Stars for the future in the Pursehouse Rural Saddleworld Tamworth Open Elementary Championship

Cleddau Bellini, ridden by Mark Arthur, is a big bay that won the Pursehouse Rural Saddleworld Tamworth Open Elementary Championship. This was impressive in this class, but perhaps lacks a little suppleness in some of the canter work — but a great horse. Tarcoola Furst Romanz and Tarcoola Hot Shot for Rachael Clarke were also very well produced and ridden, and again fluent and good movers with an easy way about them.


Mark Arthur and Cleddau Bellini, Champion Elementary horse. © Roger Fitzhardinge

Mark Arthur and Cleddau Bellini, Champion Elementary horse.

© Roger Fitzhardinge

Elliot Patterson with Lord Lachlan were impressive, as was Daenarys for Alexis Hellyer. As you see, the list goes on and on and in fact most of the field on a better day for them could place higher. It was truly a phenomenal group of good horses, well trained and presented and they all need congratulating as this is the roots for our Grand Prix horses.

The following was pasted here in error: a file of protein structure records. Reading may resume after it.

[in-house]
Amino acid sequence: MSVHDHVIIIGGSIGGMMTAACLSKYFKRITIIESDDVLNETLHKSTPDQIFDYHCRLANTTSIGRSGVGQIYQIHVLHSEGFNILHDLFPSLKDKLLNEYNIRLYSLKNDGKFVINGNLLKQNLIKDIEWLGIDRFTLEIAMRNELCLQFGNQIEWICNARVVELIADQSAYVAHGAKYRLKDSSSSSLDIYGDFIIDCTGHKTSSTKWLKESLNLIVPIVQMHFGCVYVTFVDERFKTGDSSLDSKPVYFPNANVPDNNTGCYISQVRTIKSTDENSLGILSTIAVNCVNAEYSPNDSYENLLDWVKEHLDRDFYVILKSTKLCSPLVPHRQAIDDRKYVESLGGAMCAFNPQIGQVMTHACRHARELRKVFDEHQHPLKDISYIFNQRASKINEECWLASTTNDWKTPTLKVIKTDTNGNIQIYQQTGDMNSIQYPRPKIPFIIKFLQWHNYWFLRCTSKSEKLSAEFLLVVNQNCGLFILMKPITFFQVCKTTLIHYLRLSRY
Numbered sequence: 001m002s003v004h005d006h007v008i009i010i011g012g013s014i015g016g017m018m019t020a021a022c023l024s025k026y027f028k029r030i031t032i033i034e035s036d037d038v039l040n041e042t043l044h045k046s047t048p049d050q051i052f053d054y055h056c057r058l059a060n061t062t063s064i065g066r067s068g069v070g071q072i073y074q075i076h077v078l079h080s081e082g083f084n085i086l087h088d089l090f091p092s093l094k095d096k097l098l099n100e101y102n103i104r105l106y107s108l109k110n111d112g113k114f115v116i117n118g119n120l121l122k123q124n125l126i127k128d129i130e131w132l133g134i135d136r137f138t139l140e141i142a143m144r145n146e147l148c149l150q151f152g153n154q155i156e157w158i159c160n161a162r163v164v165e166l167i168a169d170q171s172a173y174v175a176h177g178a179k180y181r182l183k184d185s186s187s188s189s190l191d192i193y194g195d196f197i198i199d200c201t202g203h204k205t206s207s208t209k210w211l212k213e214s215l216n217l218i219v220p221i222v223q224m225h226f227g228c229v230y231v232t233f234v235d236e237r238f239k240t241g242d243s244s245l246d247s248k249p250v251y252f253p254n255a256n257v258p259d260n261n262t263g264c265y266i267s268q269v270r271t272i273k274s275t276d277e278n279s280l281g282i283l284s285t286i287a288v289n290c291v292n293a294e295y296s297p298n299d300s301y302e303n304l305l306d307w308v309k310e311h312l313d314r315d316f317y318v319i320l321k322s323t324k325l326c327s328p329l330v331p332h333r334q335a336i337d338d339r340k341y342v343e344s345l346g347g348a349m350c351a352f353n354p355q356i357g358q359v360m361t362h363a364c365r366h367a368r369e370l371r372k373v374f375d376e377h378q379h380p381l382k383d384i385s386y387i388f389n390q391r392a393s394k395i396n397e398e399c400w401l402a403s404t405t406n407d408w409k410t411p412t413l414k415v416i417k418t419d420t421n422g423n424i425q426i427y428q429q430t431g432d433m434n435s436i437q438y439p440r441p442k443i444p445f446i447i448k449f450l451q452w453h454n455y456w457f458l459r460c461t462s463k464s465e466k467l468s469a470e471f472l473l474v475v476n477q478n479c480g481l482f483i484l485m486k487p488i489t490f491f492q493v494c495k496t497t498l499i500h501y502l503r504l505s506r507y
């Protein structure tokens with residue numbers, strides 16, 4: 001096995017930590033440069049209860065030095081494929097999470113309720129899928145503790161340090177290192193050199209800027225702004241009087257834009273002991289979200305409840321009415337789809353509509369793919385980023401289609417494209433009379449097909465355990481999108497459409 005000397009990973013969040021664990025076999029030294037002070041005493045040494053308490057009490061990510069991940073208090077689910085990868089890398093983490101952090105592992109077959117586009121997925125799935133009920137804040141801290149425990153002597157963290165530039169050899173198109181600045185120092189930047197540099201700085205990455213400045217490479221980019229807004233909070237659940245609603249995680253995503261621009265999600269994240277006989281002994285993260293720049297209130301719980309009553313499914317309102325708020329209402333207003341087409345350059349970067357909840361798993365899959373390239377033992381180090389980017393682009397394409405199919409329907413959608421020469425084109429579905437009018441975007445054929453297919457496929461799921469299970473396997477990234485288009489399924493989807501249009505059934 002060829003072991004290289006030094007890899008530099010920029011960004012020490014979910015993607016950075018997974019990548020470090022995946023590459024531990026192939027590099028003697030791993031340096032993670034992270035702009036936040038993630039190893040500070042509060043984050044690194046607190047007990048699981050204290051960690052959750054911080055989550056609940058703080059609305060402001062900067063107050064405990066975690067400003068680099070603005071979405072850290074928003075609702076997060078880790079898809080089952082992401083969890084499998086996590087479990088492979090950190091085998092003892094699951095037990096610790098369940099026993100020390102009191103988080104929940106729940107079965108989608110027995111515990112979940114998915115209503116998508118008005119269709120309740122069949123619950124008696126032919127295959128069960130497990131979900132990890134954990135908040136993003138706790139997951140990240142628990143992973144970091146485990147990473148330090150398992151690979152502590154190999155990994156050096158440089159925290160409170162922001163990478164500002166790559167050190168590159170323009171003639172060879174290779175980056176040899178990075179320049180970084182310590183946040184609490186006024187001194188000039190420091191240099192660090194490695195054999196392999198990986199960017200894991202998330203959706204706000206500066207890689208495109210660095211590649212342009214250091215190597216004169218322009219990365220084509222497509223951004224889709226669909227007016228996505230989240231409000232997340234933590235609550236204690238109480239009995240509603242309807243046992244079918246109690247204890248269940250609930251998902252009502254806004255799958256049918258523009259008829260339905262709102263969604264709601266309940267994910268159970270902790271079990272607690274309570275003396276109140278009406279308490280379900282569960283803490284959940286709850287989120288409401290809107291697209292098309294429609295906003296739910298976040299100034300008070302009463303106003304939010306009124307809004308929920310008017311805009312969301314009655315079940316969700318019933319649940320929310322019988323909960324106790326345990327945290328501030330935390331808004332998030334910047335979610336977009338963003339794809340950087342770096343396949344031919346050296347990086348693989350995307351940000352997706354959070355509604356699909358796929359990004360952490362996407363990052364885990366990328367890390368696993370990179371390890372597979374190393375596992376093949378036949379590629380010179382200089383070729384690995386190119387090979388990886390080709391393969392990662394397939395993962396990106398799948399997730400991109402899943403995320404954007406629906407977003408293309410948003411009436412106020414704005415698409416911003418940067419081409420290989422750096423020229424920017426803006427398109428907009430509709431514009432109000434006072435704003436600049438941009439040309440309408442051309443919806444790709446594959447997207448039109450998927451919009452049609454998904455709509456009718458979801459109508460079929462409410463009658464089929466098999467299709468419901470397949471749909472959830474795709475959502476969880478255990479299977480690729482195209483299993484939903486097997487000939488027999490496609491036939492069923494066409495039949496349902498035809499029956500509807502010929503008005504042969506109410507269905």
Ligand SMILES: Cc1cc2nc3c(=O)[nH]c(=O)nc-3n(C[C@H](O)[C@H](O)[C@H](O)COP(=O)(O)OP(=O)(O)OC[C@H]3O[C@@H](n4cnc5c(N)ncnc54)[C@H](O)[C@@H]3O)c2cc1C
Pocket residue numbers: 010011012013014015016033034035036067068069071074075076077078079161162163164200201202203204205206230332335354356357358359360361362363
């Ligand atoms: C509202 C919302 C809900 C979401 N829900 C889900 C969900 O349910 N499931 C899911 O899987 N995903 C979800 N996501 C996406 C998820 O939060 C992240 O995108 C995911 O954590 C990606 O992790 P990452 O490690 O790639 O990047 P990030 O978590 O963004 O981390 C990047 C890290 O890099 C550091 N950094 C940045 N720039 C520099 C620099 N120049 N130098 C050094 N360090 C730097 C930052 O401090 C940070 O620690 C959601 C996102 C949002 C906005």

More combinations to keep an eye on

Horses to watch for in the future were the Champion and Reserve in the Scone Equine Open Preliminary Championship: F1 Rockstar for Courtney Larard, and the imported Lord Larry for Robyne Smith. They are both wonderful movers and types and look out when they hit their straps!

The black imported station Braveaux for Gina Montgomery was the Dark Horse Vineyard, Hunter Valley Open Medium Champion, and an impressive horse indeed who is taking time to develop the collection; however, with all Gina’s horses she makes the most of every movement, and this stallion will come into his own as he matures and gains more strength and carrying. Lord Kingsley for Jenny Gehrke, and these two were so so close! Lord Kingsley is a very upstanding and impressive horse as well, and again Jenny not letting a mark slip by.

The Wilmont Equestrian Open Advanced Championship went to Lord Kingsley with a great two tests, and the runner up went to Katina Smith on the Sandro Hit gelding, BC Sangria and again a super mover and well ridden, especially as he is green at this level and has really stepped up a notch at this show. Great changes, and a power-plus expressive trot.


BC Sangria and Katina Smith. © Roger Fitzhardinge

BC Sangria and Katina Smith.

© Roger Fitzhardinge